CHICAGO -- The St. Louis Blues could have retreated, tucked back into themselves. The adversity had seemed to be coming in waves: the two coach's challenge calls on Friday, the 3-2 loss, three nearly consecutive penalties in the first six minutes of Game 3 against the Chicago Blackhawks, the power-play goal against on the first shot of the game. It would have been easy to fold.
"They score on the power play and that's sub-optimal. Then they get two more calls and by the third one, I think it was looking at each other and saying, 'It's us against the world,'" Blues captain David Backes said.
"Killing those [penalties], it expended a lot of energy out of a few of us, but in the end it gave us a jolt and we were able to find our game after that, especially in the third period and that's when it counts."
Having gone down 2:18 into the first period on Brent Seabrook's power-play goal, the Blues came back to tie the score in the first period. They came back again in the third, with two more goals, after the Blackhawks had scored early in the second, and after Blackhawks goalie Corey Crawford had stymied the Blues on some stellar chances, including one at 5:30 by Jori Lehtera from Patrik Berglund.
Video: STL@CHI, Gm3: Elliott withstands pressure in front
And so they came out of Game 3 with a 3-2 win, putting them up 2-1 in their best-of-7 Western Conference First Round series, giving them back home-ice advantage.
It was a sign: This is not the same team as two years ago, when the Blues took the first two games at home before dropping four straight to the Blackhawks in the first round. This is not a team that will be thrown off-balance by a call or a loss or anything, really. That does not mean that the Blues will necessarily win. It does mean that there has been a hardening, a maturing, a changing of a team that has failed to get out of the first round over the past three seasons.
As Crawford said, "Whatever happens in the season, whatever's happened in years before, they're not the same team."
That is evident from outside the organization. It is even more evident inside.
"One hundred percent," Backes said, when asked about the response from this team compared to the one that lost two seasons ago. "Just the calm, even-keel manner, the belief that what we do works and if we stay at it, it's going to pay off in the long run. Other times, that first period would have had us frayed in all different sorts of directions. Instead, we were together and the result was positive, obviously."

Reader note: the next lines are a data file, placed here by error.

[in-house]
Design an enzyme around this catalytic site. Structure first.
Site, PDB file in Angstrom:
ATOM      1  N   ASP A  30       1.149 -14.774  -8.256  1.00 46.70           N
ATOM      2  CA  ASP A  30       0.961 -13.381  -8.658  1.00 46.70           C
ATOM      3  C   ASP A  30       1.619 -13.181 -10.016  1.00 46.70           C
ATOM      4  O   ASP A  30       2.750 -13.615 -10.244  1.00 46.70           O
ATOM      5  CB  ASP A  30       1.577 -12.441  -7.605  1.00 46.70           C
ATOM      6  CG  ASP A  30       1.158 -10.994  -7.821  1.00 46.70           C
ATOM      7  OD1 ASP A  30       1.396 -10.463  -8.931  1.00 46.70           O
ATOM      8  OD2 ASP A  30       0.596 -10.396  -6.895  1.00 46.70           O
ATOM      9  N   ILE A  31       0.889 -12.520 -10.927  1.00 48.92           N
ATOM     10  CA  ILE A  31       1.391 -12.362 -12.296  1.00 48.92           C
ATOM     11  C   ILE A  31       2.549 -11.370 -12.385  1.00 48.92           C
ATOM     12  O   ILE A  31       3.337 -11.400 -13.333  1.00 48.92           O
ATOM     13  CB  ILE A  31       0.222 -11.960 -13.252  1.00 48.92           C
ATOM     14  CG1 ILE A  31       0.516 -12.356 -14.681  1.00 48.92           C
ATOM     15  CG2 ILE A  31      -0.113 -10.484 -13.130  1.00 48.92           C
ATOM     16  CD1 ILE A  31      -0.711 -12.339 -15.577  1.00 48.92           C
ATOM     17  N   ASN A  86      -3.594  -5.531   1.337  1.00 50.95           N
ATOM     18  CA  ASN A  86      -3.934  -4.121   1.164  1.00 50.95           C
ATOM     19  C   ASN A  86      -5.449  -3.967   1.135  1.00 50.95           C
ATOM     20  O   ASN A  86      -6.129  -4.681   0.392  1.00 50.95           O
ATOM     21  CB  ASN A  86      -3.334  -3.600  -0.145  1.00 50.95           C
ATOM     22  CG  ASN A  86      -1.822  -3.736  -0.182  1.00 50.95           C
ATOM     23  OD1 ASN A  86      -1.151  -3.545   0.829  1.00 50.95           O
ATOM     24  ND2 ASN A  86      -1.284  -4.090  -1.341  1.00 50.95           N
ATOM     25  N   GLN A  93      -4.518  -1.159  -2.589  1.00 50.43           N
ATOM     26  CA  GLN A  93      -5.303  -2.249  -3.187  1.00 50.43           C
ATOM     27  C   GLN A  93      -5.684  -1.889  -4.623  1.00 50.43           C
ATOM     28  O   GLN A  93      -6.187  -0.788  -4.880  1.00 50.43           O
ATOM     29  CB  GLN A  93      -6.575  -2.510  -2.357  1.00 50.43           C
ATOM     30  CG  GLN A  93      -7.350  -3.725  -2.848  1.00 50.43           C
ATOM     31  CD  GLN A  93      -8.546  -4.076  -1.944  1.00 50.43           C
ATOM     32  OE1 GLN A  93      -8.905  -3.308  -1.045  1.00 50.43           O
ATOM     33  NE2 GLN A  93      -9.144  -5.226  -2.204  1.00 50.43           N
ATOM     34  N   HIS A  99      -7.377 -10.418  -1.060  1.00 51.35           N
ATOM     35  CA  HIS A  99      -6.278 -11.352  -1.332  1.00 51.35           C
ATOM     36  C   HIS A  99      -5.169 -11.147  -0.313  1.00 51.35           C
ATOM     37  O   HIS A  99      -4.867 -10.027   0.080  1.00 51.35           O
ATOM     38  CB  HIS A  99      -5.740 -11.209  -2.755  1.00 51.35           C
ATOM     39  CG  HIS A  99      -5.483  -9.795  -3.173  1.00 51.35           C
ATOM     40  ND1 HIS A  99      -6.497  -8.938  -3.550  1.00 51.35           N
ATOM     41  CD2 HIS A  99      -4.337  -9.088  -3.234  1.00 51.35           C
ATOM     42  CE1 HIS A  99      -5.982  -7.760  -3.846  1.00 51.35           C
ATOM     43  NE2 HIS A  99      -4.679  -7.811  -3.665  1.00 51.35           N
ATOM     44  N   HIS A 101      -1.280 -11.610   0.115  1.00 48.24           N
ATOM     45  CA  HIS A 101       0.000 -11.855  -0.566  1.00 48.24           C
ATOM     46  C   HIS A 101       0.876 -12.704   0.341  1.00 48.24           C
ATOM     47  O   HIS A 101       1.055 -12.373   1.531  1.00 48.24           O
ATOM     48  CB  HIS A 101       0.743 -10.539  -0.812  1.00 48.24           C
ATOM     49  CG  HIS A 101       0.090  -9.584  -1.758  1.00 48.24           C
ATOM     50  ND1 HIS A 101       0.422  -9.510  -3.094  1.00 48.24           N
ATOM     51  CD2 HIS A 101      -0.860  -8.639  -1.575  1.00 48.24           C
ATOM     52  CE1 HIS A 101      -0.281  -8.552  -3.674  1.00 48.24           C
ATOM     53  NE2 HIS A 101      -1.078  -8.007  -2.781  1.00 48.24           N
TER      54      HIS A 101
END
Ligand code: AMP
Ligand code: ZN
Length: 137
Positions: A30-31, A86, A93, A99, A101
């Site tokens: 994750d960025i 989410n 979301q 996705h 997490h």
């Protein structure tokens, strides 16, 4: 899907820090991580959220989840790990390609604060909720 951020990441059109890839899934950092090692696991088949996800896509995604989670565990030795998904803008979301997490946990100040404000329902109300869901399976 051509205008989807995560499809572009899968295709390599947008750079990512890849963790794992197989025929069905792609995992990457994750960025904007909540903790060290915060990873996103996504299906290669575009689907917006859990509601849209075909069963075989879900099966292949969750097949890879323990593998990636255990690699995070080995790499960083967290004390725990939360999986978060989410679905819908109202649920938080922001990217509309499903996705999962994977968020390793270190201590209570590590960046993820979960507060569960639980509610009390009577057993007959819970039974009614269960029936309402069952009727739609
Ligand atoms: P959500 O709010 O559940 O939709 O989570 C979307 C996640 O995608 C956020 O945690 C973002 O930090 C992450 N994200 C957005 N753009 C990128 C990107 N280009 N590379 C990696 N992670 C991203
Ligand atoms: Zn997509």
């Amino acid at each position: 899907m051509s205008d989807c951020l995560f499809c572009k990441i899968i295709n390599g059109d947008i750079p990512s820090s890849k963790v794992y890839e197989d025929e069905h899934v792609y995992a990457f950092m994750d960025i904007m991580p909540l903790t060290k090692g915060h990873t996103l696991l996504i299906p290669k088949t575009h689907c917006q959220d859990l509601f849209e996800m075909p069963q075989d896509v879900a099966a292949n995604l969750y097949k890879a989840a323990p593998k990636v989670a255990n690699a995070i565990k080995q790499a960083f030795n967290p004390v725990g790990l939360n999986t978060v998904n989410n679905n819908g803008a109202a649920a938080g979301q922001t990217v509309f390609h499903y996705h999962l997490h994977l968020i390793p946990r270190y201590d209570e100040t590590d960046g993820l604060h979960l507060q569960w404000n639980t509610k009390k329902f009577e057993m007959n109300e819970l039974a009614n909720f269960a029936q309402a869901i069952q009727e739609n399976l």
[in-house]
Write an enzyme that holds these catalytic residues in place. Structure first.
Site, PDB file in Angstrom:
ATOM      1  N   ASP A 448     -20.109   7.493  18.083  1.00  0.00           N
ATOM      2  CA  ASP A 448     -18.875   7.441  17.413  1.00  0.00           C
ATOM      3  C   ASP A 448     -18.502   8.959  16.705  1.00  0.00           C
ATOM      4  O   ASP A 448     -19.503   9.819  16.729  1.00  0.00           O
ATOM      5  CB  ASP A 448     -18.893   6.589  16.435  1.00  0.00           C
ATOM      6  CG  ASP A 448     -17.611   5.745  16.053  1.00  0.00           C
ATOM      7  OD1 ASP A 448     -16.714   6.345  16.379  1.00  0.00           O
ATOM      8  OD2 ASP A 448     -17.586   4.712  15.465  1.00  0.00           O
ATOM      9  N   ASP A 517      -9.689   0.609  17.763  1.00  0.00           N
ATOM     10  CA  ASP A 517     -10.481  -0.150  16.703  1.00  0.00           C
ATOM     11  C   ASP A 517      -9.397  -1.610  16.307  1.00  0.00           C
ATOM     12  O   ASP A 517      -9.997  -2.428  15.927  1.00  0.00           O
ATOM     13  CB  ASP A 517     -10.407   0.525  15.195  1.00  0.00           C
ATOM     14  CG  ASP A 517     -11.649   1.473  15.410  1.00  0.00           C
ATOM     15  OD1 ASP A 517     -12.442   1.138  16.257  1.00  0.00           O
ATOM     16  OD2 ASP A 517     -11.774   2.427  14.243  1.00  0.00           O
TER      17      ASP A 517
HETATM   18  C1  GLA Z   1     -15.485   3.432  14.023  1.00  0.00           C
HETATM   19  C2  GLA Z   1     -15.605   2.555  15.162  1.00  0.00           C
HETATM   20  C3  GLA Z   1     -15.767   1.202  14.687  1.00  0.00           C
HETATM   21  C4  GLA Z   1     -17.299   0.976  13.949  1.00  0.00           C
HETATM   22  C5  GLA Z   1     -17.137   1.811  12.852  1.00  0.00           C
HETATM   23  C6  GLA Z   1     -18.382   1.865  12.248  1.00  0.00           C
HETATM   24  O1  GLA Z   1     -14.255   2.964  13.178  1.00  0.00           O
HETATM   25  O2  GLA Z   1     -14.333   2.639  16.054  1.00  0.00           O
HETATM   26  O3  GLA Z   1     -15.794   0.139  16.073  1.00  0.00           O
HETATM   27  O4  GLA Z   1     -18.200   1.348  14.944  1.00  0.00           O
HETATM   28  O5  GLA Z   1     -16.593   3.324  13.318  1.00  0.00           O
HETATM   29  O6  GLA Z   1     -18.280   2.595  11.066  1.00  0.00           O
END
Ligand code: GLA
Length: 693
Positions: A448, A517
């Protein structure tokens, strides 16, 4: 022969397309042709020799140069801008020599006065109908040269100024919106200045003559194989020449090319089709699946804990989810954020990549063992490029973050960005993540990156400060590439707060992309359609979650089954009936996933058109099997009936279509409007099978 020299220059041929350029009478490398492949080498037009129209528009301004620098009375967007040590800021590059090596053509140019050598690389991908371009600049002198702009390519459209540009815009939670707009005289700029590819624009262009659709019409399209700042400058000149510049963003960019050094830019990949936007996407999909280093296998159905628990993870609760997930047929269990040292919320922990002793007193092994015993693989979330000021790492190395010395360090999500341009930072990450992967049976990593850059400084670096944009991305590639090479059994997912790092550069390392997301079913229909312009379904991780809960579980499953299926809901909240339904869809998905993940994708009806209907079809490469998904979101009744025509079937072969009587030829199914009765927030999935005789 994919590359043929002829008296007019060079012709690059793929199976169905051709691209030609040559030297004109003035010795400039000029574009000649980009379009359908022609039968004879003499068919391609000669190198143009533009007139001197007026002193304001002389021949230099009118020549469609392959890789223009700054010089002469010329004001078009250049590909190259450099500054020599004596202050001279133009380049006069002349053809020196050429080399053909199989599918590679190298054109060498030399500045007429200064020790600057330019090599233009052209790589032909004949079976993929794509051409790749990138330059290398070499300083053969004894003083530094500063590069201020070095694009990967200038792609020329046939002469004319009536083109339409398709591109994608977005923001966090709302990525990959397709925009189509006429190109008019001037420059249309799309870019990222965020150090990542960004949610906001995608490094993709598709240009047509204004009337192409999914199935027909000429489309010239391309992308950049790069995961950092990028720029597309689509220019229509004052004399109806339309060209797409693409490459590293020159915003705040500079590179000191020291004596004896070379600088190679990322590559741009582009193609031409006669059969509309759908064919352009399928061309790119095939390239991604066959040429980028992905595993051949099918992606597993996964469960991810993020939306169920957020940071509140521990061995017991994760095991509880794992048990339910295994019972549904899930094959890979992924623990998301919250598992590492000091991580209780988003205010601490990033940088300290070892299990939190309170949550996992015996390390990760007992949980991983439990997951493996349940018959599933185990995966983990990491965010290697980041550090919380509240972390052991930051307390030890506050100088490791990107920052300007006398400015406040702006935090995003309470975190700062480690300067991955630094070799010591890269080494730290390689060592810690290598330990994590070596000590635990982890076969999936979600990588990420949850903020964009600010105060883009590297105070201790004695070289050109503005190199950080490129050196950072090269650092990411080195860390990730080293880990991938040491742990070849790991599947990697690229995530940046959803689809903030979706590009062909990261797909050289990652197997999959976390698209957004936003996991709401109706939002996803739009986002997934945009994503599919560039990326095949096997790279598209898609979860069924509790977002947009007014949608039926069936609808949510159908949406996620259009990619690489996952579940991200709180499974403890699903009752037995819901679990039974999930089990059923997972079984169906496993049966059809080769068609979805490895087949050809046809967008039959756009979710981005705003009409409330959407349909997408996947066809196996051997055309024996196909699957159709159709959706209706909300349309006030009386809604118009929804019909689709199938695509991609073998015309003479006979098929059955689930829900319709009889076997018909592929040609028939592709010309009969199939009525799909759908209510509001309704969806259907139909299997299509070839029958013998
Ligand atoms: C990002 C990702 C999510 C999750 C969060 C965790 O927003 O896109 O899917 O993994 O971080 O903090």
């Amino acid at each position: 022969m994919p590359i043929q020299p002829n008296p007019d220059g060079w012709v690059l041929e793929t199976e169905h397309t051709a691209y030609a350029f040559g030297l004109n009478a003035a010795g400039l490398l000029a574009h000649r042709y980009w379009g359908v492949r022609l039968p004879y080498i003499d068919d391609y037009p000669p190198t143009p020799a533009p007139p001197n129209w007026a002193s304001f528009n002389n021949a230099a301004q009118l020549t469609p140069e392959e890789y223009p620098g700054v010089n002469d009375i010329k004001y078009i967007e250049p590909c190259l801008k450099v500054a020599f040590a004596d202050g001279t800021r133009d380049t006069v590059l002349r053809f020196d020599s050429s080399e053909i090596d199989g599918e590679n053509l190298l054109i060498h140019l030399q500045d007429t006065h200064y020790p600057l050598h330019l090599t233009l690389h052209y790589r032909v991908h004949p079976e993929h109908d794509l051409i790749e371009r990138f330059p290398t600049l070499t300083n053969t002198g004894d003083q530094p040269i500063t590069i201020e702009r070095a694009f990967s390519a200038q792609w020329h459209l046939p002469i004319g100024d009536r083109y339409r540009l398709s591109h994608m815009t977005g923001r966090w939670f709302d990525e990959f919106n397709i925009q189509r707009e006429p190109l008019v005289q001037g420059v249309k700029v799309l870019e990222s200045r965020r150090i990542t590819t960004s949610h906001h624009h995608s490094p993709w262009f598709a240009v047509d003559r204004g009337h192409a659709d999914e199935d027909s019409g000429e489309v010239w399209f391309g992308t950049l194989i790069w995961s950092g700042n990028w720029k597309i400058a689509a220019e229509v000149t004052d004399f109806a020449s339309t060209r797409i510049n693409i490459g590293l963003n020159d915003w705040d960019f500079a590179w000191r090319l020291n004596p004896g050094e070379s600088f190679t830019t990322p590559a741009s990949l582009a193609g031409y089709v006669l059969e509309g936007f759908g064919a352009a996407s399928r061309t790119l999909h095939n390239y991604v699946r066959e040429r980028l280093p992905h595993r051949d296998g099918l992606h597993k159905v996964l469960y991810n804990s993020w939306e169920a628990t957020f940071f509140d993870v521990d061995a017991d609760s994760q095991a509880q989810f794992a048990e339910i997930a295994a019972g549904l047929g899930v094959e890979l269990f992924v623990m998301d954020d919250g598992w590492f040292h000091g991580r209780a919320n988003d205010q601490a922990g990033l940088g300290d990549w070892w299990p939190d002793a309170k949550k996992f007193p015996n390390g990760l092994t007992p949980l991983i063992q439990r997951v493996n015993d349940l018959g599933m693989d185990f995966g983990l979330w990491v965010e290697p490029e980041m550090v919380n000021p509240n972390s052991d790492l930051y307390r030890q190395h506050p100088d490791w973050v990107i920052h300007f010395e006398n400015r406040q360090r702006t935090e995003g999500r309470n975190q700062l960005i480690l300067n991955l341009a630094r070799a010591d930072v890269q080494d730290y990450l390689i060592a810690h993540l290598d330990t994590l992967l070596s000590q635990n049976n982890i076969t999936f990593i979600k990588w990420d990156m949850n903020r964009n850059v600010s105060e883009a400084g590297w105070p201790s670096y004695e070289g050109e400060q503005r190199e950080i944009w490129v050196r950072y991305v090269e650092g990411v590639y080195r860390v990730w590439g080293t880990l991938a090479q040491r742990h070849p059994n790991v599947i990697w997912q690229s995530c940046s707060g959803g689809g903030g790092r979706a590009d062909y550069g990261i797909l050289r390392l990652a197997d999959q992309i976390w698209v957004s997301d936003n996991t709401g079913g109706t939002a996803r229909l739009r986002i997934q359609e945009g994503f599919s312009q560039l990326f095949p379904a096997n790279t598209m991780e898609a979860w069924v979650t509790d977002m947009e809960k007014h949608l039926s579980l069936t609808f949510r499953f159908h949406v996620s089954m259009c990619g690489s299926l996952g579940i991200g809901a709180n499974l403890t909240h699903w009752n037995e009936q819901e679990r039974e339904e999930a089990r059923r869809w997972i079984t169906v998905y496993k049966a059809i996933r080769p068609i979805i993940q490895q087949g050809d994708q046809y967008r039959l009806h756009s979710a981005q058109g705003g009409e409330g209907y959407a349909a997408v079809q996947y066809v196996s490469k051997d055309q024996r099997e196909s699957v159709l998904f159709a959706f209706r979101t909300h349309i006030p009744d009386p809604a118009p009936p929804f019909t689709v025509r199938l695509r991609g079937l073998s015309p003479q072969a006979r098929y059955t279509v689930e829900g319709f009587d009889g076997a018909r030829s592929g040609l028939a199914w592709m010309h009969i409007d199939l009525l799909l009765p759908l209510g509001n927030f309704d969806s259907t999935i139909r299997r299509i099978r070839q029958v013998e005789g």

Video: STL@CHI, Gm3: Seabrook opens scoring with slap shot
The result was a win, a lead in the series, the knowledge that the Blues are now one game closer to exorcising the demons of recent years.
It helped that, in Game 3, the Blues were the ones getting the bounces. After Artem Anisimov gave the Blackhawks the lead at 1:04 of the second period after Artemi Panarin out-battled Colton Parayko for a puck along the boards, the Blues went into the third period down.
That should have meant a loss. After all, the Blackhawks came into Game 3 with a record of 71-0-5 when leading after two periods in the regular season and playoffs since May 21, 2014, including a 37-0-4 record this season.
But the Blues got a bounce when Berglund's long-distance shot ticked off the leg of Michal Rozsival on its way past Crawford at 5:15 of the third. And then Patrick Kane was called for a double minor for high-sticking, having drawn blood near the eye of Alex Pietrangelo.
Video: STL@CHI, Gm3: Anisimov scores off Panarin's feed
The Blues took their chance, with Backes sending the puck to Jaden Schwartz for the power-play game-winner at 13:22 of the third period.
It was a different team forcing a different outcome in a situation that, perhaps, would not have gone its way in years past. But this team has come together, weathered the losses of player after player this season, and has come into the playoffs healthier, both mentally and physically.
"Some of it's the adversity we faced all year," Backes said. "But some of it's straight, hard lessons of being out in the first round and having that dissatisfied feeling and looking back and, like I said in training camp, we did a lot of reflecting and analyzing of what happened to us that we didn't have success in the first round last year and the year before.
"Those meetings aren't easy or fun to have, but we found that our nucleus is so strong together that everyone else just pulls right along. … That nucleus is strong and we're sticking together."
Sunday, it produced a win and a series lead. Now, the next step comes. Two more wins are needed for the Blues to cement a spot in the second round, and to show that this team really is as different as Crawford, and the Blues themselves, believe.